Rick Steves has donated a whopping $350,000 in support of I-502, the ballot initiative that proposes licensing and regulating marijuana production, distribution, and possession for adults. But why did the New Approach Washington campaign recently give the travel guru a $100,000 refund?
Image Source Rick Steves
New Approach Washington's expenditure records, meanwhile, show that on June 29 -- the same day Steves made his first personal contribution to the campaign -- two $50,000 payments described as "refund contributions" were made to Rick Steves' Europe.
The seemingly peculiar transactions immediately raised eyebrows among I-502 opponents. Doug Hiatt, director of Sensible Washington, a group pushing a rival pot legalization initiative, speculated that it's a ploy to inflate Steves' financial support of the measure.
"They didn't characterize it as a loan," Hiatt says. "It looks weird...like they're trying to make it look like he's giving more than he actually has."
Asked about the refund, New Approach Washington campaign director Alison Holcomb says there's no tricky European math involved. Altogether, including the repayments, Steves' formerly bulging money belt is now $350,000 lighter.
"Rick has a personal draw account at his company," Holcomb explains. "His original $100,000 check was drawn off of that account. The way it was shown, it was like his company made the donation. He wanted to ensure it was a personal donation, not from his company. We withdrew [his two $50,000 contributions], then he issued us a new check for $100,000 from his personal account."
Records show that the I-502 proponents have now raised more than $2.6 million to pay for their campaign. Much of that money, Holcomb says, will go toward radio, TV, and online advertising that targets undecided voters, specifically women and moderate/conservative Democrats. The latest polling shows 55 percent of voters in favor of the measure, 32 percent opposed, and 13 percent undecided.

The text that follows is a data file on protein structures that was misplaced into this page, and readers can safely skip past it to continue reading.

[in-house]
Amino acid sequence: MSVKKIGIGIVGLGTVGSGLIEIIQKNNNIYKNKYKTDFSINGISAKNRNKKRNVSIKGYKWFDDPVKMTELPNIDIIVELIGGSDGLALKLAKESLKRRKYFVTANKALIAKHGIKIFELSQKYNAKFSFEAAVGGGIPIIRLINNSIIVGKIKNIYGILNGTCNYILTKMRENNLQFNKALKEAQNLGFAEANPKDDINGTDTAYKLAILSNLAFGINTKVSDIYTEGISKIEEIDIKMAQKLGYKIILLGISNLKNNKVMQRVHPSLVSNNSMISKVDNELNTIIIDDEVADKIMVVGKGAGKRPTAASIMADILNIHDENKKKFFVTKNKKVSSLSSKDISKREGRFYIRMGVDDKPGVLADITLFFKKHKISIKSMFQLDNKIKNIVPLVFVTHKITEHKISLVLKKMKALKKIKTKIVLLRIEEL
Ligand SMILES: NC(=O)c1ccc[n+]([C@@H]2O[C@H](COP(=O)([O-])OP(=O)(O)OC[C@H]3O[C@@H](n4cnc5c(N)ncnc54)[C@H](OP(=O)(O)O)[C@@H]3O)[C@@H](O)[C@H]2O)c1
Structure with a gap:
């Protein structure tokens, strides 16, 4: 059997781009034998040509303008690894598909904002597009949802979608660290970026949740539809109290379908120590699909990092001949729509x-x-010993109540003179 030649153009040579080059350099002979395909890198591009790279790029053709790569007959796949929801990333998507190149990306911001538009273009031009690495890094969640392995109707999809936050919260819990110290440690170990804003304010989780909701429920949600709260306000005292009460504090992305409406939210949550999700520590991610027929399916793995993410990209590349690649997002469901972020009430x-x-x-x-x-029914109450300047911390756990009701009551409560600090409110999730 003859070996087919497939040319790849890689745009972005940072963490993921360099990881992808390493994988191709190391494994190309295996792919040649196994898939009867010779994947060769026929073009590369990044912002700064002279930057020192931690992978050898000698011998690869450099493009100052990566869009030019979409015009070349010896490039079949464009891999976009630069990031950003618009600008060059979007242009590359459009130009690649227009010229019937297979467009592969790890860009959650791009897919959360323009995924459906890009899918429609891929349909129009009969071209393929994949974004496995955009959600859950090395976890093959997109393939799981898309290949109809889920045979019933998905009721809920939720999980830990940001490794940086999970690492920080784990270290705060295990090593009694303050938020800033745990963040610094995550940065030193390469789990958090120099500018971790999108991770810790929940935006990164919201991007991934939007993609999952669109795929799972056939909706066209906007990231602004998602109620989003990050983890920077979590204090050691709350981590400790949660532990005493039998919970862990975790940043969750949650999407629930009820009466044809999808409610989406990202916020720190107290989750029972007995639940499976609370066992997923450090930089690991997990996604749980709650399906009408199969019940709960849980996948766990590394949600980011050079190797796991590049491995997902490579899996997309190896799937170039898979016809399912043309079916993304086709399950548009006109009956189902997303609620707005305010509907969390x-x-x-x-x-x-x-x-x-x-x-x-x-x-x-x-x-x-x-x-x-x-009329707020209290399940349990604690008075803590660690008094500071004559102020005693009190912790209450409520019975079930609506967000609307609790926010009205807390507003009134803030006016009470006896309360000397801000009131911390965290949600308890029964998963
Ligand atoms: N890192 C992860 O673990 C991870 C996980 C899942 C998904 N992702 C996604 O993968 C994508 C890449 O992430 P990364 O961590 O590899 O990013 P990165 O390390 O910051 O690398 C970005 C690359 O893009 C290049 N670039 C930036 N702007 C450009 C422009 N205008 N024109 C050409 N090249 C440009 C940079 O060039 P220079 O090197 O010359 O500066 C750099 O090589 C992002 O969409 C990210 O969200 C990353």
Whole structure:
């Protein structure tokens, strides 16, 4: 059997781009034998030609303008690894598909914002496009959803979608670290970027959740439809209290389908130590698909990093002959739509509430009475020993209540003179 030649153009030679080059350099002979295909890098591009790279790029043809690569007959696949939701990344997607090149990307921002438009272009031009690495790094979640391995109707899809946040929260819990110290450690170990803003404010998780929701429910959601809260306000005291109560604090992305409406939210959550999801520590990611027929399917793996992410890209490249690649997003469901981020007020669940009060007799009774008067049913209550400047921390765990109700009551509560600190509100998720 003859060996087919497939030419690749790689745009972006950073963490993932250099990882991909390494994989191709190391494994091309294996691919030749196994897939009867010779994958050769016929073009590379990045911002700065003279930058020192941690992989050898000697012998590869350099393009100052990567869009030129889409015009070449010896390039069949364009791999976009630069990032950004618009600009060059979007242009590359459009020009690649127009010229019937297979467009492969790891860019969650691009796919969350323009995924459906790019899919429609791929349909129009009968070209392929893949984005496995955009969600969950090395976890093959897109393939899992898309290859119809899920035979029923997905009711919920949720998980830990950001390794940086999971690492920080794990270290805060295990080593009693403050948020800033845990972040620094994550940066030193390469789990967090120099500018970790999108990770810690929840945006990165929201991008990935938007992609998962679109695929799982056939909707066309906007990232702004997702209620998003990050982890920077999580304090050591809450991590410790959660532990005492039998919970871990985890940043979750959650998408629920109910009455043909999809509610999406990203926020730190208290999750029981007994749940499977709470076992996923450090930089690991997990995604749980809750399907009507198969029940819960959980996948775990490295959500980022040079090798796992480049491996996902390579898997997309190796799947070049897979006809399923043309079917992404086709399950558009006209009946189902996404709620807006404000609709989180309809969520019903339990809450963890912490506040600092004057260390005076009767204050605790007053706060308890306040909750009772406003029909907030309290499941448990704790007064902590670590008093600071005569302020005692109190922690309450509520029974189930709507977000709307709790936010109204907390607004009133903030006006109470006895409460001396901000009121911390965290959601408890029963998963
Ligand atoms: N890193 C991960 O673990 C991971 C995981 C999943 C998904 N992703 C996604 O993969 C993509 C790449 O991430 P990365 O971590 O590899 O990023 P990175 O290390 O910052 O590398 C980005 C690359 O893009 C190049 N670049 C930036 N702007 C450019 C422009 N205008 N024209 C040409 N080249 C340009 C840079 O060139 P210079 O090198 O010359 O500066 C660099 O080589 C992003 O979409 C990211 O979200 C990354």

The biggest financial backer of New Approach Washington is billionaire Peter Lewis, the chairman of Progressive Insurance Companies. Lewis, a resident of Coconut Grove, Florida, has spent $821,000 on I-502.
The fact that a Florida-based car insurance magnate is bankrolling a proposal that includes a controversial crackdown on driving under the influence of marijuana has also been the subject of an anti-I-502 conspiracy theory.
Steve Sarich, spokesman for the No on I-502 political action committee, wonders whether Lewis' company stands to profit if Washington enacts a THC blood limit and DUIs become more common.
"I've heard a lot of people throwing that out there," Sarich says. "We'd have no way of knowing that it's true, but you put that together with all the attorneys that support it that do DUI cases, I don't think it takes a rocket scientist to figure out there's some money in it for them."
Lewis, though, has long been a supporter of marijuana legalization. He helped finance Prop 19 in California, and he has contributed several million dollars to the Marijuana Policy Project. Lewis penned an essay for Forbes explaining his stance on the issue, and recounting his own experience as medical marijuana patient.
"I can't speak for Peter Lewis," Holcomb says. "But I think it's fairly ludicrous for people to think, from a business perspective, that his company has any reasonable expectation they would make back in profits what he has contributed to other marijuana law reform efforts over the past decades."